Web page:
At the same time, we should scrupulously avoid reckless allegations against groups, individuals, publications, etc, because of the poisonous atmosphere created by such irresponsible and destructive words. If the Wild Hunt wants to do serious reporting on Radical Traditionalism, then they should do so. If they want to do a serious investigation of whether or not there are racist elements in certain Heathen groups or in some Radical Traditionalist groups, then they should do so. But instead what we have been getting is weasel-worded insinuations and just plain lousy reporting.

Thursday, September 15, 2011

The Imprisonment of the Pagan Republican Sodomites (The Heathen-Minded Humanists Part Three)

I have so far written four posts in this blog about the 1468 (Anno Deceptoris) conflict between Pope Paul II and the Roman Academy. Here is a brief overview of the ground covered so far:

Part One provided some background on the two opposing sides: the "Heathen-Minded Humanists" of the Academy, who "despised the Christian religion and passionately inveighed against its adherents," versus the Pope and other representatives of "the genuine and noble Renaissance, which had grown up on Christian principles, and, while embracing classical studies with enthusiasm, had made them subordinate and subservient to Christian aims and ideas." The words in quotes are all from Ludwig von Pastor's "History of the Popes" (which ran to 16 volumes published between 1886 and 1930).

Part Two went into more detail about the unfolding of the "Crisis of 1468", as it is often called. The executive summary is that the Pope had the Heathens arrested on the trumped up charge of plotting to assassinate His Holiness (with the end goals of both the rebirth of the Roman Republic and the revival of Roman Paganism). I then jumped to Part Four, because I wished, at least for a while, to pass over the unhappy tale of our heroes' incarceration, and instead to move directly to the far more pleasant subject of the discoveries made by Giovanni Battista de Rossi (starting in 1852) of inscriptions that were found deep in the catacombs of the city of Rome. These were made by the Sodomite Republican Pagans in question after their release and exoneration, and they serve to demonstrate that the Heathenism of the Academicians went far beyond either delusional paranoia on the part of their accusers, or mere antiquarian affectation on the part of the accused. And Part Five told the story of the other Roman Academy and its illustrious ringleader, Cardinal Bessarion, in order to help provide a somewhat broader context concerning the "Heathen-Minded" Academies, plural, in Renaissance Italy.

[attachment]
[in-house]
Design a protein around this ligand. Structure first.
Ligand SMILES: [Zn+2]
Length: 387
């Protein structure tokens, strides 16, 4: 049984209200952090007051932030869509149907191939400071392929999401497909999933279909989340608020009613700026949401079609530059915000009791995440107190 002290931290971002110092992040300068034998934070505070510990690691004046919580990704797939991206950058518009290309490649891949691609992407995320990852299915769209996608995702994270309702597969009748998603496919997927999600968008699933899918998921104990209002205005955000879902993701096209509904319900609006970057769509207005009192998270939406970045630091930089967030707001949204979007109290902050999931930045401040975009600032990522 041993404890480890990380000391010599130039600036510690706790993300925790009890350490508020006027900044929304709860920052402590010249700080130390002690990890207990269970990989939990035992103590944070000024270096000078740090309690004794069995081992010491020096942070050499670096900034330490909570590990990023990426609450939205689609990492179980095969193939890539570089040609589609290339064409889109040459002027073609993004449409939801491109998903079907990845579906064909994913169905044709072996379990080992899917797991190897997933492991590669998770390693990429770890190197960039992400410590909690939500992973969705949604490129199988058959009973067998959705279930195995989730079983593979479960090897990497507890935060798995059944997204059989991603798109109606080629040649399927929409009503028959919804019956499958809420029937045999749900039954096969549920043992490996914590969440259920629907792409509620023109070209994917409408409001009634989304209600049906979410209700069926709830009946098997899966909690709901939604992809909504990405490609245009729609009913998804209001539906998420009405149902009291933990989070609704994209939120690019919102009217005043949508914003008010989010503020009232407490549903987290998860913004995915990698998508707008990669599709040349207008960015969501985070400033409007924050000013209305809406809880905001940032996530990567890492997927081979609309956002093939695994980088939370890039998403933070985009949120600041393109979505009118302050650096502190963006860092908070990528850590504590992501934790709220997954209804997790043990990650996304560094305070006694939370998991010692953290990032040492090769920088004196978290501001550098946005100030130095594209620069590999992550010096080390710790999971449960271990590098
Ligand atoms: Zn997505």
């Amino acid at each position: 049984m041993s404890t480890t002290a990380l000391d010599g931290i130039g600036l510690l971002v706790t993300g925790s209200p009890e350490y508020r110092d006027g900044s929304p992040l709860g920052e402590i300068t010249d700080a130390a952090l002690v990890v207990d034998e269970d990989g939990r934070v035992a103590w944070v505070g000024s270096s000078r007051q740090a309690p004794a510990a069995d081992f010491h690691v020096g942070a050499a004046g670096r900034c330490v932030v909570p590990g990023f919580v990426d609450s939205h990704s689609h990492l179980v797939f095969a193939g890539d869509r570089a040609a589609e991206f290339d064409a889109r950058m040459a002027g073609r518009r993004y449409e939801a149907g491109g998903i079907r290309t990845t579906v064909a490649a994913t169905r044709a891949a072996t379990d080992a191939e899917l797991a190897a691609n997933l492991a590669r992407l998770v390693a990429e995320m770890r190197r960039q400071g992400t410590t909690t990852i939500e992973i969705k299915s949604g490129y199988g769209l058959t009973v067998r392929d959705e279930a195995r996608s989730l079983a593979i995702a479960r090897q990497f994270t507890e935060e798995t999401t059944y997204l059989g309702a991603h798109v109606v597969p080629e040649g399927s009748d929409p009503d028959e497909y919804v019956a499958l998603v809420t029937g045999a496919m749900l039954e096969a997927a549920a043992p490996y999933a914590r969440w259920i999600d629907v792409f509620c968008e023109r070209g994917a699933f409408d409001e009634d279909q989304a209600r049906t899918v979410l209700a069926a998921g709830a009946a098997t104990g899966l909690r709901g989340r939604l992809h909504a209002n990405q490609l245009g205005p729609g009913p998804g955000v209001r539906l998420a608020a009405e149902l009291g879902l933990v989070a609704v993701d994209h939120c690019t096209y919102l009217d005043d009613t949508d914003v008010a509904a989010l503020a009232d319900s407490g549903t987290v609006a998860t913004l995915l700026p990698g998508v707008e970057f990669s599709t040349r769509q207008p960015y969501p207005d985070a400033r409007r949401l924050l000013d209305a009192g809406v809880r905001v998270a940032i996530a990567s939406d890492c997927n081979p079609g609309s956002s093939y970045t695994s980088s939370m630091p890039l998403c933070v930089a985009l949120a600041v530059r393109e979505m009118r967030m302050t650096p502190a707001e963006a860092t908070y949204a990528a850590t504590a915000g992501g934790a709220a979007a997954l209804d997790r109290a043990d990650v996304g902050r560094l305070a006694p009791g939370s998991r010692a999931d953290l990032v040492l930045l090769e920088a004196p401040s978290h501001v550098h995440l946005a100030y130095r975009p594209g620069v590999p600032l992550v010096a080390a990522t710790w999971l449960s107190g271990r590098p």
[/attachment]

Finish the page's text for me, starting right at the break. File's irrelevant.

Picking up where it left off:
It still remains to tell the middle part of the story, Part Three, for I can no longer put off dealing with the ill-treatment of the imprisoned Pagans. To that end I now turn to a modern, 21st century, source: Anthony F. D’Elia's 2009 A Sudden Terror: The Plot to Murder the Pope in Renaissance Rome. First, though, I think we should refresh our memories about the material already covered so far, or at least revisit those events from the perspective of Anthony F. D'Elia, who provides the following very lively account of how it all went down in 1468 in the following three excerpts:
excerpt 1. [from pages 1-2 of D'Elia 2009]

The year was 1468. On Fat Tuesday, the last and most extravagant night of carnival in Rome, Pope Paul II sat attentively watching the races from his throne high above the boisterous crowd, when suddenly a scuffle broke out. The papal guards had stopped someone who was loudly insisting on speaking with the pope urgently about a matter of life and death. The man, his beard and dark eyes barely discernible under his hood, was dressed like a philosopher. Seeing that had captured the pope's attention, the "philosopher" broke free of the guards and intoned: "Holy Father! You are in great danger!" The pope sat up, leaned forward, and beckoned the stranger to approach and explain. What he heard made him tremble and turn pale